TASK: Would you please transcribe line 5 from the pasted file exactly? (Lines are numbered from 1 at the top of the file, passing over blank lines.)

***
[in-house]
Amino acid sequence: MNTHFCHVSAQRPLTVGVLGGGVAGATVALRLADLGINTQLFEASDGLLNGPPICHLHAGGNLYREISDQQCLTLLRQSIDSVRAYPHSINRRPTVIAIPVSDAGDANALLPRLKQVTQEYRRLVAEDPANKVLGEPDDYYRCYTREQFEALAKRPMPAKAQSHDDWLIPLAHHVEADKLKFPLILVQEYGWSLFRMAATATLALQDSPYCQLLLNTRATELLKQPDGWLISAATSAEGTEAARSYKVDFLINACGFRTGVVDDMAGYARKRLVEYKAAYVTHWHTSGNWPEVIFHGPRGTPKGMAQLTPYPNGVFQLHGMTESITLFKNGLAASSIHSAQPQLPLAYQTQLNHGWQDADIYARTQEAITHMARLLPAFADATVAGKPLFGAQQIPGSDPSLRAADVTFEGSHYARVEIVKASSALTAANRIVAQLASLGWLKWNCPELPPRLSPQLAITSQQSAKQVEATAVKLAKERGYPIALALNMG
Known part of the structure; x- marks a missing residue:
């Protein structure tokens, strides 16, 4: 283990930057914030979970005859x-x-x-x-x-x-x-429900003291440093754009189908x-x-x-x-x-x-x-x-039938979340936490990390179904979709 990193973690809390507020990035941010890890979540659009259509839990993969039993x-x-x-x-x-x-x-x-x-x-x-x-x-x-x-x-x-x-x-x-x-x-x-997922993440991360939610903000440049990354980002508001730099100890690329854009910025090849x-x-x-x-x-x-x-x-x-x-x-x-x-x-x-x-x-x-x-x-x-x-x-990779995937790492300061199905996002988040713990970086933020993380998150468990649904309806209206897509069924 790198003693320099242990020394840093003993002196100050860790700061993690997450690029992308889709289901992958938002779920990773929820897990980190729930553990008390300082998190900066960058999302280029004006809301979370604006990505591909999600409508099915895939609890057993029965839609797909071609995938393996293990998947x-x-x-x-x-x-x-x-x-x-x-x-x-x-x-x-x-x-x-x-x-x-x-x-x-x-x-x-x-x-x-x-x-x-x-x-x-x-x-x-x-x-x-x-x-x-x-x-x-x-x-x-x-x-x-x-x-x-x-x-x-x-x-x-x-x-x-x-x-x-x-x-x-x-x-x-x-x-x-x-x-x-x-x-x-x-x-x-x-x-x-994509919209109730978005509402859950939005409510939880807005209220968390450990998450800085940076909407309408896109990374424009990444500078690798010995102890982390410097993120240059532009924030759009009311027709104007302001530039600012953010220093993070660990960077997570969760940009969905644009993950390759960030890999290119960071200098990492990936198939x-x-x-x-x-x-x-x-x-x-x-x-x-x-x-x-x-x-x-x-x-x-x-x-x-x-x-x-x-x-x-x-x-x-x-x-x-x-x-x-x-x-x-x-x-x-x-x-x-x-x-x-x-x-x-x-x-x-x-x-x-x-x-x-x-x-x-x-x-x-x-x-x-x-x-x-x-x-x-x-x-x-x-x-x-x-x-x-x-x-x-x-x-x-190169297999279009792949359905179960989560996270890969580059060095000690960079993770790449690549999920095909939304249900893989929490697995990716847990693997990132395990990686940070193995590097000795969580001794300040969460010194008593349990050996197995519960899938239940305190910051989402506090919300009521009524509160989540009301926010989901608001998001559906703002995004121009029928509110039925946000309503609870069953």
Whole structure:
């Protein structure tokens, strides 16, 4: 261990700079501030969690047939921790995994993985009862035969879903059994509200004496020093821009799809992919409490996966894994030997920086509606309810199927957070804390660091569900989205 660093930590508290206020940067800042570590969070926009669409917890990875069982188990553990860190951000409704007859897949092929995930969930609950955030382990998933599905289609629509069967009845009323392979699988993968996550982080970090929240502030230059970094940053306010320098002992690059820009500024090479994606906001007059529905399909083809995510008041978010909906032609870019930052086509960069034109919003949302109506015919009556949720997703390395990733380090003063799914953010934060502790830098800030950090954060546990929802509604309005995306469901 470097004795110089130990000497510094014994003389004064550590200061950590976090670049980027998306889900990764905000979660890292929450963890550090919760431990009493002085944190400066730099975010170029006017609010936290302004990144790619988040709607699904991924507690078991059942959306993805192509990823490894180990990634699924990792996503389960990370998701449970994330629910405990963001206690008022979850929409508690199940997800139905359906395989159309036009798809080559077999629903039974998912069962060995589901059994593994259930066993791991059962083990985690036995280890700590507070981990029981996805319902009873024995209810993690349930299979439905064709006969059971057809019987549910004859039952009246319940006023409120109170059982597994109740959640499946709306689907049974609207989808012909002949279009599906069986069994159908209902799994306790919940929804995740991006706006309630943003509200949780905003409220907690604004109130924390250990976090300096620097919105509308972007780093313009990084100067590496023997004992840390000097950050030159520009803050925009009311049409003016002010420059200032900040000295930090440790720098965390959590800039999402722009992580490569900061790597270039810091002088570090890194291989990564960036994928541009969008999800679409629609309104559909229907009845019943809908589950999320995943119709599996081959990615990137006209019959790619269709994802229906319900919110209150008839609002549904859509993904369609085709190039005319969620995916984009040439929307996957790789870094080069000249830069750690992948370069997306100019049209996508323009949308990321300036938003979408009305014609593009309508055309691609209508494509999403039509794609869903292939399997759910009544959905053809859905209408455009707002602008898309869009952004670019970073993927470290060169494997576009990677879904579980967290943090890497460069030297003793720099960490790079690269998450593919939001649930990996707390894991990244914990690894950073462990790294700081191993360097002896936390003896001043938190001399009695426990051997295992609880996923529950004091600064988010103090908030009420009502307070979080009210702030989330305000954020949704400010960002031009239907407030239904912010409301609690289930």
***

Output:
Whole structure: